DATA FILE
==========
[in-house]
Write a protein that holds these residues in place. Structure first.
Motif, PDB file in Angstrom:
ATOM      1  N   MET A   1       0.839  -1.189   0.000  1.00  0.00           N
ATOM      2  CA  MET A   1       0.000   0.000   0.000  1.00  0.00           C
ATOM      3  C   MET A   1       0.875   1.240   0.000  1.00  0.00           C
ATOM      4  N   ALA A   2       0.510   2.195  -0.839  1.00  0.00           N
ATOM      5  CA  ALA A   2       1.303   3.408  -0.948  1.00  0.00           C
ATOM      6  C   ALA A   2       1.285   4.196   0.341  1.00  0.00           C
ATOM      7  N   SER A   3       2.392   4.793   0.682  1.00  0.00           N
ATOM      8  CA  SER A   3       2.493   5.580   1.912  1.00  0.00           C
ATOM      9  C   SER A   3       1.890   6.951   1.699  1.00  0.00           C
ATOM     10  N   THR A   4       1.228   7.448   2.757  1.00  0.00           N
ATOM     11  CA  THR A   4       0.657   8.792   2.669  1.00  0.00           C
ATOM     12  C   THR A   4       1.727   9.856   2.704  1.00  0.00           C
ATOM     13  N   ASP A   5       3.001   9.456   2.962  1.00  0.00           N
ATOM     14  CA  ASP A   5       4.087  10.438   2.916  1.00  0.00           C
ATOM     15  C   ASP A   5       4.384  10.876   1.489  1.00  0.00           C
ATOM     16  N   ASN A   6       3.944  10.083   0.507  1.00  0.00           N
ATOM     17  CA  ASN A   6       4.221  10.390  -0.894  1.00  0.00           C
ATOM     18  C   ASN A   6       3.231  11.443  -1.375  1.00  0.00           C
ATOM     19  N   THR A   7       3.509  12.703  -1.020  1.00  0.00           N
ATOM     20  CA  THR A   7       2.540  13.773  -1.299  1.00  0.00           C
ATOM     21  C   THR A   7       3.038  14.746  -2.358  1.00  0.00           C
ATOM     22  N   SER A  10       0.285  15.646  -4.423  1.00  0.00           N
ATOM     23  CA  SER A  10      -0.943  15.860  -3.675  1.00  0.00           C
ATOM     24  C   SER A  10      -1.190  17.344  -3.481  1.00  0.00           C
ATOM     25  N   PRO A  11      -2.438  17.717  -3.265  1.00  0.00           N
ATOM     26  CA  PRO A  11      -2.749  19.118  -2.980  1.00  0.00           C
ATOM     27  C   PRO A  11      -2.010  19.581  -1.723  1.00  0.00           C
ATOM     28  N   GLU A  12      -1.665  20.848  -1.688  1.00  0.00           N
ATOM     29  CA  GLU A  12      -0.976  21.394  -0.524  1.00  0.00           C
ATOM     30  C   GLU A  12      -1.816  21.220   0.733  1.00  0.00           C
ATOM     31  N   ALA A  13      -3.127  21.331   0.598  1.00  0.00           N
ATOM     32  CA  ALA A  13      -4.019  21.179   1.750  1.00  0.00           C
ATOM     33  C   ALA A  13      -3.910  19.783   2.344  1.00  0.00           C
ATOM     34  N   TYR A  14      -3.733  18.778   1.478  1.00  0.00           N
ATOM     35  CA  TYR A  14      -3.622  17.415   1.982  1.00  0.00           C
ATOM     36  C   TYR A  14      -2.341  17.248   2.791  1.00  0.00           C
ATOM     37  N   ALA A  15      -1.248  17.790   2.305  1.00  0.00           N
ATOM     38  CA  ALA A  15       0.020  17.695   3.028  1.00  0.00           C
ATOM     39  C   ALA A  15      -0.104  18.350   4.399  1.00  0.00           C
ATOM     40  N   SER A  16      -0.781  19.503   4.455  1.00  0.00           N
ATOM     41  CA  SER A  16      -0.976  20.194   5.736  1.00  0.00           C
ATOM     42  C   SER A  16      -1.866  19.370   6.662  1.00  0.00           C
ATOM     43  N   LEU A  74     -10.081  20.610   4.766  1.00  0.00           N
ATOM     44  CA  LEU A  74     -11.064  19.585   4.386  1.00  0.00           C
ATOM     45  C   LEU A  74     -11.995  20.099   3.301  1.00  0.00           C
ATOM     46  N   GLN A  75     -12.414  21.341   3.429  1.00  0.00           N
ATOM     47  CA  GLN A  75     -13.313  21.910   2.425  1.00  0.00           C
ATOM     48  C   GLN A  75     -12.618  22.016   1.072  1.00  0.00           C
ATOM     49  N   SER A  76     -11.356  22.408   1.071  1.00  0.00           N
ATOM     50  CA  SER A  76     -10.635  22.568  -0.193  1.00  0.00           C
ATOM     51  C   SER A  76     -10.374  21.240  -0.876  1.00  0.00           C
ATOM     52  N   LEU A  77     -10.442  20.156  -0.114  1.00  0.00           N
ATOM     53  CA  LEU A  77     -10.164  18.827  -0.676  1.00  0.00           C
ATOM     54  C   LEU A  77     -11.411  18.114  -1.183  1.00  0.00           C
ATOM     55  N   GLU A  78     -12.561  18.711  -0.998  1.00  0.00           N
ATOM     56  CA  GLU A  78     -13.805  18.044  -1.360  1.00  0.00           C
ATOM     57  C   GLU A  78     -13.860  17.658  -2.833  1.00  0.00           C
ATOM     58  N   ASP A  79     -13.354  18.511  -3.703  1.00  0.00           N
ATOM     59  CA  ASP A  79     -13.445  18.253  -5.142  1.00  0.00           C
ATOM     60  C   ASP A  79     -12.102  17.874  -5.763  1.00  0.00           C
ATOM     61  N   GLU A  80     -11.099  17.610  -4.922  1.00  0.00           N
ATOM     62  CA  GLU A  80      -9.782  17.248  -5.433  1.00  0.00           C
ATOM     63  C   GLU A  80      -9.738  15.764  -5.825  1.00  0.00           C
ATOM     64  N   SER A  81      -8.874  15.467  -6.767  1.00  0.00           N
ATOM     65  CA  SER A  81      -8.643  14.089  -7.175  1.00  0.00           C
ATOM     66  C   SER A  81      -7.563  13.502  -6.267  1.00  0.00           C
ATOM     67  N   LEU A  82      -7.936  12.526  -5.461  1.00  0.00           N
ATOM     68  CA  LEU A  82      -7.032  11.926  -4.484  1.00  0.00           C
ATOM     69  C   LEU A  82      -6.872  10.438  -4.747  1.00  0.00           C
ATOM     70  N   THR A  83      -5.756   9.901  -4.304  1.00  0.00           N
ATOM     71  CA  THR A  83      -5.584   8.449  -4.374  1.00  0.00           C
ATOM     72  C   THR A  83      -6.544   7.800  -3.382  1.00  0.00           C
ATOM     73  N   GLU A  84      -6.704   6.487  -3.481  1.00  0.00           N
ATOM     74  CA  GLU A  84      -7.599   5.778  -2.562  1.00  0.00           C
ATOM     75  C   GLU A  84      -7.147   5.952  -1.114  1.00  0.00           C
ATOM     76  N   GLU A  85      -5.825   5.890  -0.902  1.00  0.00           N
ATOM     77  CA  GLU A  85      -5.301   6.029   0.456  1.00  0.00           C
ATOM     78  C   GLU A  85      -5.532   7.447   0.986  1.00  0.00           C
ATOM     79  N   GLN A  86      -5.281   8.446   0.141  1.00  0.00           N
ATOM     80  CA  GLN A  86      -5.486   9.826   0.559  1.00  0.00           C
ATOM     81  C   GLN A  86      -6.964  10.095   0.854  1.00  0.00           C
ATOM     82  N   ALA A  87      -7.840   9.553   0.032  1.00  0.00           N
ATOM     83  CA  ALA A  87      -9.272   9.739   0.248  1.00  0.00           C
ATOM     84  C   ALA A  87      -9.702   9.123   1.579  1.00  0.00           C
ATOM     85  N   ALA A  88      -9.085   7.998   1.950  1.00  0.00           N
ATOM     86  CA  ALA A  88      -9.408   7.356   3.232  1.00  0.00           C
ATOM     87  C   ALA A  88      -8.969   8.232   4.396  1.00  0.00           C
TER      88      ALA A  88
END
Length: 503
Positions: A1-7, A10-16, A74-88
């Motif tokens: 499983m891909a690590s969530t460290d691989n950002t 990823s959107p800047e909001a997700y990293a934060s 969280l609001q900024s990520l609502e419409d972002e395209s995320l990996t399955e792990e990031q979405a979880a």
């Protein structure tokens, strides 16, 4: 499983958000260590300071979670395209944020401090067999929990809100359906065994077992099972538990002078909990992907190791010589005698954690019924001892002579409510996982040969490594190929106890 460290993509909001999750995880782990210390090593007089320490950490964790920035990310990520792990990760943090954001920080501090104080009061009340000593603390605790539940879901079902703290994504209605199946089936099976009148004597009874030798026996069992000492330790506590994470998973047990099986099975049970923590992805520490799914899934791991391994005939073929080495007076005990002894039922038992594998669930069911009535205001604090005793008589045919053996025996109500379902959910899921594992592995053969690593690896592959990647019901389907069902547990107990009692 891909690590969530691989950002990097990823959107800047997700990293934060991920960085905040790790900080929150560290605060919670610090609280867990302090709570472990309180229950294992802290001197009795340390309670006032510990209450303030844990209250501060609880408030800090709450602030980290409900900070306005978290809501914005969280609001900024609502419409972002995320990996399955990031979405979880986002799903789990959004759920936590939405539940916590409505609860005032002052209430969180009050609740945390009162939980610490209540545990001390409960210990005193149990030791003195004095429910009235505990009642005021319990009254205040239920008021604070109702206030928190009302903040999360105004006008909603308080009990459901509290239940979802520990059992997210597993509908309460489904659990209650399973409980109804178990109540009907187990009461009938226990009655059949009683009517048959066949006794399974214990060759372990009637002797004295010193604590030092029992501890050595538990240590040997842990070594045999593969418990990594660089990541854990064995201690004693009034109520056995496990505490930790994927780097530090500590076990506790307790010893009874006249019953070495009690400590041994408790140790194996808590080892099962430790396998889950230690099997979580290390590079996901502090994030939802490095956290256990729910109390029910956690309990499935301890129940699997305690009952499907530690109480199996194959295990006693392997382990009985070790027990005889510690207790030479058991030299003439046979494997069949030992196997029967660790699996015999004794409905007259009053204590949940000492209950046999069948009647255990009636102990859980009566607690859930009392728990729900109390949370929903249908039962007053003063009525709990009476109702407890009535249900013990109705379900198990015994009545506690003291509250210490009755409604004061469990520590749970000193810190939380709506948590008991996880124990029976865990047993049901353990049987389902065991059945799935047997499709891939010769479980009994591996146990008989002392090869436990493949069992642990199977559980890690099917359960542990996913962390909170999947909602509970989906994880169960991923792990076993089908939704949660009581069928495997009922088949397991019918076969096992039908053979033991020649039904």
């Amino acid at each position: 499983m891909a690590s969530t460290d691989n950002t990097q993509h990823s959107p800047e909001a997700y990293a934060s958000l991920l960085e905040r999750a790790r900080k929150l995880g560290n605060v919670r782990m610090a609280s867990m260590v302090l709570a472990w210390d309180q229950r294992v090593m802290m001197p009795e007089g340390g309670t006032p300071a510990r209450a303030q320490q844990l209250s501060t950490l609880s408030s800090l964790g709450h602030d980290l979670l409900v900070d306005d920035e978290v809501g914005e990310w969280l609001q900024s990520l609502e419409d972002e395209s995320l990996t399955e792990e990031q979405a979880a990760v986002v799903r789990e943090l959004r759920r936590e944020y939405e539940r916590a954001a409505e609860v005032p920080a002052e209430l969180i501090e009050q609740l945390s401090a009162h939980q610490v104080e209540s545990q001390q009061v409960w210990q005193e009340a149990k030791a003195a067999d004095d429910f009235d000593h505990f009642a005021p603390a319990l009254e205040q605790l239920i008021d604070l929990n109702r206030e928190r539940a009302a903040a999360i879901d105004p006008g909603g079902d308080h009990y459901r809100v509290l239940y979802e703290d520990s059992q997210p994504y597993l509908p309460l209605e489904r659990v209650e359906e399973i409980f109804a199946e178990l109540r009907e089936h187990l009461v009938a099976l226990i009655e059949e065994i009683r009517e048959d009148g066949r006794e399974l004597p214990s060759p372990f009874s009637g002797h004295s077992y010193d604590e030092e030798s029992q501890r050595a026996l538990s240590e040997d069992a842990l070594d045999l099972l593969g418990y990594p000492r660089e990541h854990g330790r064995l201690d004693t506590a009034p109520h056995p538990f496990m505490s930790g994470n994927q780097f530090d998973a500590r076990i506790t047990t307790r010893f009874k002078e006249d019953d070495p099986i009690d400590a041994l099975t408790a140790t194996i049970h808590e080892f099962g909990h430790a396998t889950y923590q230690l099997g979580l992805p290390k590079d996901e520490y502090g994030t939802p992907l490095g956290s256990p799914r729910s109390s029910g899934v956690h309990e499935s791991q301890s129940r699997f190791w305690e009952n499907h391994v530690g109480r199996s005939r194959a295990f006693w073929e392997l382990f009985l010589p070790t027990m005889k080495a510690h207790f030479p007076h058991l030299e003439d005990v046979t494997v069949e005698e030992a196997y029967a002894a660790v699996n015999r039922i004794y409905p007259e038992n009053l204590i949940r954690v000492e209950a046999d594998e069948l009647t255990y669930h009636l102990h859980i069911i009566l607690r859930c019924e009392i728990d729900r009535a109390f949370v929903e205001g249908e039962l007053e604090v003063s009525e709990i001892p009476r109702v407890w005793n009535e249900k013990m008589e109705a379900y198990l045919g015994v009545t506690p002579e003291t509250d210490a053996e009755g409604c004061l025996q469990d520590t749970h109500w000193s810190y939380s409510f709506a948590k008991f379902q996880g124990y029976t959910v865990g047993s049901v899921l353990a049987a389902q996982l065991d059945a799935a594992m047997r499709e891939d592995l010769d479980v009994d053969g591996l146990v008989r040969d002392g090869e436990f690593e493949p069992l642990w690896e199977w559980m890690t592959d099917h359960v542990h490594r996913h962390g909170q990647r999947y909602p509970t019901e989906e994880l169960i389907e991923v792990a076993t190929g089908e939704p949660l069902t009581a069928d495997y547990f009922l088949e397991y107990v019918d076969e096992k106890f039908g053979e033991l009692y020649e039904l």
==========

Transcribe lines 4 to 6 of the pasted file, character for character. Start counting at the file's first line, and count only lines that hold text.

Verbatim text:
ATOM      1  N   MET A   1       0.839  -1.189   0.000  1.00  0.00           N
ATOM      2  CA  MET A   1       0.000   0.000   0.000  1.00  0.00           C
ATOM      3  C   MET A   1       0.875   1.240   0.000  1.00  0.00           C